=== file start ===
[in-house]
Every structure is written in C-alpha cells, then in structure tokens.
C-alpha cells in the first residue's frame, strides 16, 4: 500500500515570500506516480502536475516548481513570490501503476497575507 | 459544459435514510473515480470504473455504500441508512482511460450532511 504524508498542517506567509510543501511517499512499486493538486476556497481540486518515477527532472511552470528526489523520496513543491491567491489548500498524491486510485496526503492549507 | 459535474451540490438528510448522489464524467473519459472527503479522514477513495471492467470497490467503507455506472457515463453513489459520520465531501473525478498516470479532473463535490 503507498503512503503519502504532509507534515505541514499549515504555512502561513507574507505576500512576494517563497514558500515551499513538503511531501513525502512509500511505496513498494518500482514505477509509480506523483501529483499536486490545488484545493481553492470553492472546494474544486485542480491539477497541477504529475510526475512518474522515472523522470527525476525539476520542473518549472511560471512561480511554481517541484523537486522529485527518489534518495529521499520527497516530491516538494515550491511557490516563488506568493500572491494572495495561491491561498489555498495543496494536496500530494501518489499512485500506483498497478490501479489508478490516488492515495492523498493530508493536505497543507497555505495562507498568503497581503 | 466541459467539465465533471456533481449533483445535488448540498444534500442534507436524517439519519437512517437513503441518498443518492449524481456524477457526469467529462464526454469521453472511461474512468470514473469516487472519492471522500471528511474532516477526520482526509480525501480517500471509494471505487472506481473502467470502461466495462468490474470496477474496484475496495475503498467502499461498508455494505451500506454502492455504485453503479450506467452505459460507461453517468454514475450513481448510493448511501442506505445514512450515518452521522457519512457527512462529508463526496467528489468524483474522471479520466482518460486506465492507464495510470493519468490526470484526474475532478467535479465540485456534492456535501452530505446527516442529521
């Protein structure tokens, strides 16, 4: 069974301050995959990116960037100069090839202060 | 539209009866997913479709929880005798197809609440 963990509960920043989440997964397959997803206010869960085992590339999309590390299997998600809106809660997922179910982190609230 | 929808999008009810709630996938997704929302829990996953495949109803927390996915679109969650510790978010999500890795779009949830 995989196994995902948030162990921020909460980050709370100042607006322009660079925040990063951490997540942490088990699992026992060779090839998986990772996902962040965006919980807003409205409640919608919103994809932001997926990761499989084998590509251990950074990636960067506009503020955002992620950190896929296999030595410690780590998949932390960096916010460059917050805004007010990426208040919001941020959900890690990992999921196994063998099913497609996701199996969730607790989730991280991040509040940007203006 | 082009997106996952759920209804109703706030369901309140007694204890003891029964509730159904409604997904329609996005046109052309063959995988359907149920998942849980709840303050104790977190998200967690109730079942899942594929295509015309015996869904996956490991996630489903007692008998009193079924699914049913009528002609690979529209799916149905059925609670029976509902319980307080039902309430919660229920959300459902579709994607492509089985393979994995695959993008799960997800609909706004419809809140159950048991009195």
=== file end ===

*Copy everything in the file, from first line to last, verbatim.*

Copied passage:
[in-house]
Every structure is written in C-alpha cells, then in structure tokens.
C-alpha cells in the first residue's frame, strides 16, 4: 500500500515570500506516480502536475516548481513570490501503476497575507 | 459544459435514510473515480470504473455504500441508512482511460450532511 504524508498542517506567509510543501511517499512499486493538486476556497481540486518515477527532472511552470528526489523520496513543491491567491489548500498524491486510485496526503492549507 | 459535474451540490438528510448522489464524467473519459472527503479522514477513495471492467470497490467503507455506472457515463453513489459520520465531501473525478498516470479532473463535490 503507498503512503503519502504532509507534515505541514499549515504555512502561513507574507505576500512576494517563497514558500515551499513538503511531501513525502512509500511505496513498494518500482514505477509509480506523483501529483499536486490545488484545493481553492470553492472546494474544486485542480491539477497541477504529475510526475512518474522515472523522470527525476525539476520542473518549472511560471512561480511554481517541484523537486522529485527518489534518495529521499520527497516530491516538494515550491511557490516563488506568493500572491494572495495561491491561498489555498495543496494536496500530494501518489499512485500506483498497478490501479489508478490516488492515495492523498493530508493536505497543507497555505495562507498568503497581503 | 466541459467539465465533471456533481449533483445535488448540498444534500442534507436524517439519519437512517437513503441518498443518492449524481456524477457526469467529462464526454469521453472511461474512468470514473469516487472519492471522500471528511474532516477526520482526509480525501480517500471509494471505487472506481473502467470502461466495462468490474470496477474496484475496495475503498467502499461498508455494505451500506454502492455504485453503479450506467452505459460507461453517468454514475450513481448510493448511501442506505445514512450515518452521522457519512457527512462529508463526496467528489468524483474522471479520466482518460486506465492507464495510470493519468490526470484526474475532478467535479465540485456534492456535501452530505446527516442529521
């Protein structure tokens, strides 16, 4: 069974301050995959990116960037100069090839202060 | 539209009866997913479709929880005798197809609440 963990509960920043989440997964397959997803206010869960085992590339999309590390299997998600809106809660997922179910982190609230 | 929808999008009810709630996938997704929302829990996953495949109803927390996915679109969650510790978010999500890795779009949830 995989196994995902948030162990921020909460980050709370100042607006322009660079925040990063951490997540942490088990699992026992060779090839998986990772996902962040965006919980807003409205409640919608919103994809932001997926990761499989084998590509251990950074990636960067506009503020955002992620950190896929296999030595410690780590998949932390960096916010460059917050805004007010990426208040919001941020959900890690990992999921196994063998099913497609996701199996969730607790989730991280991040509040940007203006 | 082009997106996952759920209804109703706030369901309140007694204890003891029964509730159904409604997904329609996005046109052309063959995988359907149920998942849980709840303050104790977190998200967690109730079942899942594929295509015309015996869904996956490991996630489903007692008998009193079924699914049913009528002609690979529209799916149905059925609670029976509902319980307080039902309430919660229920959300459902579709994607492509089985393979994995695959993008799960997800609909706004419809809140159950048991009195």